Examples of the three types of vision deficiencies in one image

Deuteranopia; in deuteranopia, yellow is shifted toward red.

Examples of the three types of vision deficiencies in one image

Tritanopia; in tritanopia, green is slightly represented in the blue range.


5.9.4. Gamma

Figure 16.56. The Gamma dialog

The Gamma dialog


The correspondence between electrical intensity and color brightness is not exact and it depends upon the device (the camera, the scanner, the monitor, etc.). Gamma is a coefficient used to correct this correspondence. Your image must be visible in both dark and bright areas, even if it is displayed on a monitor with too much luminence or not enough. The Gamma Display Filter allows you to get an idea of the appearance of your image under these conditions.

[Tip] Tip

In case you want not only to change the gamma of the current display, but the change the gamma within the image itself, you can find a description in Section 8.10, “Levels”.

5.9.5. Contrast

Figure 16.57. The Contrast dialog

The Contrast dialog


Here, we are back in the medical domain. Contrast Sensitivity is the capacity of the visual system to distinguish slight differences in contrast. Some people with cataracts (which means that the lens has opaque crystals that scatter light over the retina) or retinal disease (for instance, due to diabetes, which destroys the rods and cones) have a deficiency in sensitivity to contrast: for example, they would have difficulties distinguishing spots on a dress.

If you are interested in this subject, you can browse the Web for contrast sensitivity.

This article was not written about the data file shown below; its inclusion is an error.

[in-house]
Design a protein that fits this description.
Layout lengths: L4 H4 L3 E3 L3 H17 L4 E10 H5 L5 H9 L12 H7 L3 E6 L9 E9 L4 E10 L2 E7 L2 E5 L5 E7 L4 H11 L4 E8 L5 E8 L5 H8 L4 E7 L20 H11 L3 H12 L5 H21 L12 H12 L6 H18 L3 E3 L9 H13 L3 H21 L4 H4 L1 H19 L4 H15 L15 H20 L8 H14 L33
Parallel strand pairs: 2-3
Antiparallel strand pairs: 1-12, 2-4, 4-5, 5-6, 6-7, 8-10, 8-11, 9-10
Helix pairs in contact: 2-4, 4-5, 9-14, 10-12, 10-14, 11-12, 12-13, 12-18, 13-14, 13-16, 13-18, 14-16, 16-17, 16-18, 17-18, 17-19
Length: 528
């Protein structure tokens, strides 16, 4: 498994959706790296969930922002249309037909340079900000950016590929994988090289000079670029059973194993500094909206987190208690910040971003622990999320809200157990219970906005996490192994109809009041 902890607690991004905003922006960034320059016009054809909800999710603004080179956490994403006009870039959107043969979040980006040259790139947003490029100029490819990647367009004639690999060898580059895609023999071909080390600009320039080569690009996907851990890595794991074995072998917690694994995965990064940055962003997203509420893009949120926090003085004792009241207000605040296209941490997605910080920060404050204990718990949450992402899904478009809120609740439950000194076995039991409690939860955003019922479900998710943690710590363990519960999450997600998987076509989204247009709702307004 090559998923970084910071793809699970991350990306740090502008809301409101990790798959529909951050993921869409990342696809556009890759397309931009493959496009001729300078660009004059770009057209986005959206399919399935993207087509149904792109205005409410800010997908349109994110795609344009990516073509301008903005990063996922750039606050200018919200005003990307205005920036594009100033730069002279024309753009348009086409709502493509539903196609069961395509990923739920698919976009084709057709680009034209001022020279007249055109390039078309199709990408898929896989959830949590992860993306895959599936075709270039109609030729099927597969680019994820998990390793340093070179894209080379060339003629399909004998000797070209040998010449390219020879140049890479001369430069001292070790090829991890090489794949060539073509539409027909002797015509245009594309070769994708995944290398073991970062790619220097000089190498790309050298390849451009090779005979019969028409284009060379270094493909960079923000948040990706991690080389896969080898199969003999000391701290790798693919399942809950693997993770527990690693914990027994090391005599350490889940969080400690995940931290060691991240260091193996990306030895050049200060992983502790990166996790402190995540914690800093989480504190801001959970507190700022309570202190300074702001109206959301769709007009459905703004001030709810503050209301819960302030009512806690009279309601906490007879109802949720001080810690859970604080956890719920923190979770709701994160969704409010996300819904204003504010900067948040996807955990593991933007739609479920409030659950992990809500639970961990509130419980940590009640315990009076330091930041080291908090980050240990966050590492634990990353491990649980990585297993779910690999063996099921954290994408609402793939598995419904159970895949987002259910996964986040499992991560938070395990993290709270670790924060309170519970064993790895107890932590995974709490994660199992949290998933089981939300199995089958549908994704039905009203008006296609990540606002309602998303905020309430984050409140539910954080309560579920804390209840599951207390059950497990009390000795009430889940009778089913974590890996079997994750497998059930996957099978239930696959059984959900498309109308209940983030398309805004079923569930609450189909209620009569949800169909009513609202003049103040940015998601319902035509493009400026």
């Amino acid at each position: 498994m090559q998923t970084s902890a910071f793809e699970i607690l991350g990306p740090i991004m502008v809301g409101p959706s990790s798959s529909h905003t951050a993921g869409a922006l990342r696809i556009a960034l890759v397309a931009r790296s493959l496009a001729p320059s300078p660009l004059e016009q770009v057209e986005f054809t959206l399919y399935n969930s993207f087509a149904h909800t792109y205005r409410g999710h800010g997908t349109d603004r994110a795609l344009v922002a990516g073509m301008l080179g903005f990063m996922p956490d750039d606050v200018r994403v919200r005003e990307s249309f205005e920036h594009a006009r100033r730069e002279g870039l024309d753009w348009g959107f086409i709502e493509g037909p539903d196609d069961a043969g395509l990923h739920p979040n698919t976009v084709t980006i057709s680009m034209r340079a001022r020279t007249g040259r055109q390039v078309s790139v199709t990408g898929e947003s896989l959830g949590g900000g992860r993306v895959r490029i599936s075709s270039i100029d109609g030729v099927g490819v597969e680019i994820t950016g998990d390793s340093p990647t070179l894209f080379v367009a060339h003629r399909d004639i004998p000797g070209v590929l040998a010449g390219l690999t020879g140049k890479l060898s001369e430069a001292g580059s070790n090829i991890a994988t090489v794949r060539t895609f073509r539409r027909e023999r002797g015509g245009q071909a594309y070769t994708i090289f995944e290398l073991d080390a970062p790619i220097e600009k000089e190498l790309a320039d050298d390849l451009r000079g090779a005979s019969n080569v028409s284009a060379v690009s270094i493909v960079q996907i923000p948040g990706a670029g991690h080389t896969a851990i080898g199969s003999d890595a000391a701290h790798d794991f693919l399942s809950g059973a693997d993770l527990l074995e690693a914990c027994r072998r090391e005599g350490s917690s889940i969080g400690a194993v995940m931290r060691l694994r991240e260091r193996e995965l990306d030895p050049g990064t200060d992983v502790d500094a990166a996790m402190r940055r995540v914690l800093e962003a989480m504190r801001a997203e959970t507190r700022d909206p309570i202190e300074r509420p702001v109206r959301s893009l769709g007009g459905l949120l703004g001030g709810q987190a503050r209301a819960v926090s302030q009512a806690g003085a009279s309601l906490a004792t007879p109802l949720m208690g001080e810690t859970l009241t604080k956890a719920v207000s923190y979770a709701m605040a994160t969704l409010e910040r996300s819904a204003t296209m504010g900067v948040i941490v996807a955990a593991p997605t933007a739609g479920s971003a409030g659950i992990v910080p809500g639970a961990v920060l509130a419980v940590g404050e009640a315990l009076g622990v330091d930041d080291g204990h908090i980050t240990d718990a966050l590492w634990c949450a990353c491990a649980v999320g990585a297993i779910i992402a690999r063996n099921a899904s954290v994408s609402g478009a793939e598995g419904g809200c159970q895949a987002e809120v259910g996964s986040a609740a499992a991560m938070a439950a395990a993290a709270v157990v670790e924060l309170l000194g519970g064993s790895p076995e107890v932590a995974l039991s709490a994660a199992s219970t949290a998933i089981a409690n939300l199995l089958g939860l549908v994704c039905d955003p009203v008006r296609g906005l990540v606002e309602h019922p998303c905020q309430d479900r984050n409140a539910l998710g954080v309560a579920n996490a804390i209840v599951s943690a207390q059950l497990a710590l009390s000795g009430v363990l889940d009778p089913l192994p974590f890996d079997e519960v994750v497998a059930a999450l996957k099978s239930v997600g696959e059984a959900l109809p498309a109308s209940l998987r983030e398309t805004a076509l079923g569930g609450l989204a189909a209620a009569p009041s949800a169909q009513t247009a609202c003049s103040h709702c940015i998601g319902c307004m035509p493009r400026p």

5.9.5.1. Options
Contrast Cycles

With the Contrast Filter, you can see the image as if you were suffering from cataracts. You may have to increase the contrast of the image so that your grandmother can see it well. In most cases, only very low values of the Contrast Cycles parameter are of interest. Higher values create a side-effect which doesn't interest us here: if you increase the luminosity value above 255, the complementary color appears.

5.9.6. Clip Warning

Figure 16.58. The Clip Warning dialog

The Clip Warning dialog

This filter allows to visualize underexposed and overexposed areas of a photo with user-configurable colors. For now, it’s mostly geared towards images where colors are stored with floating point precision. You will mostly benefit from this, if you work on 16-/32-bit per channel float images such as EXR and TIFF.

5.9.6.1. Options
Show shadows

Enable visualization for underexposed pixels (less than 0 in 32-bit float mode).

Shadows color

User-configurable color that will be used to fill underexposed pixels.

Show highlights

Enable visualization for overexposed pixels (more than 1 in 32-bit float mode).

Highlights color

User-configurable color that will be used to fill overexposed pixels.

Show bogus

Enable visualization for not-a-number (NaN) pixels, only visible when there is a division by zero error and suchlike.

Bogus color

User-configurable color that will be used to fill NaN pixels.

Include alpha component

When enabled, include the alpha component in the warning.

Include transparent pixels

When enabled, include fully transparent pixels in the warning.



[11] Greek: proto: first (color in the RGB Color System): an: negation; op: eye, vision.